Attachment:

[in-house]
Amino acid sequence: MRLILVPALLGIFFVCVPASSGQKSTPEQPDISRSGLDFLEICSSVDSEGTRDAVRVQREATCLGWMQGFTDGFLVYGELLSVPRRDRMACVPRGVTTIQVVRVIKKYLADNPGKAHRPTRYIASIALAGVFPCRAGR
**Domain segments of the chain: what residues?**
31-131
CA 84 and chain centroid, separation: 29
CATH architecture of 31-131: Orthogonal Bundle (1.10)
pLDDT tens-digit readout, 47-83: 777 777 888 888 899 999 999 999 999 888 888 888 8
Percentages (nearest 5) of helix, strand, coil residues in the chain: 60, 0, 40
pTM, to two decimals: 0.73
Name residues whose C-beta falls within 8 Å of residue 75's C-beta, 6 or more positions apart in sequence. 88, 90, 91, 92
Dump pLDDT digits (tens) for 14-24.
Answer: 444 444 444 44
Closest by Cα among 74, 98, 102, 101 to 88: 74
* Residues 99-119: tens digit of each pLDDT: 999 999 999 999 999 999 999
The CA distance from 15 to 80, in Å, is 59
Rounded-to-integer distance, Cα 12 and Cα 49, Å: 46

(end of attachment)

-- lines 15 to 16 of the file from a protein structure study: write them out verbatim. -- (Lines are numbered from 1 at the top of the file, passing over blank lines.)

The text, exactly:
The CA distance from 15 to 80, in Å, is 59
Rounded-to-integer distance, Cα 12 and Cα 49, Å: 46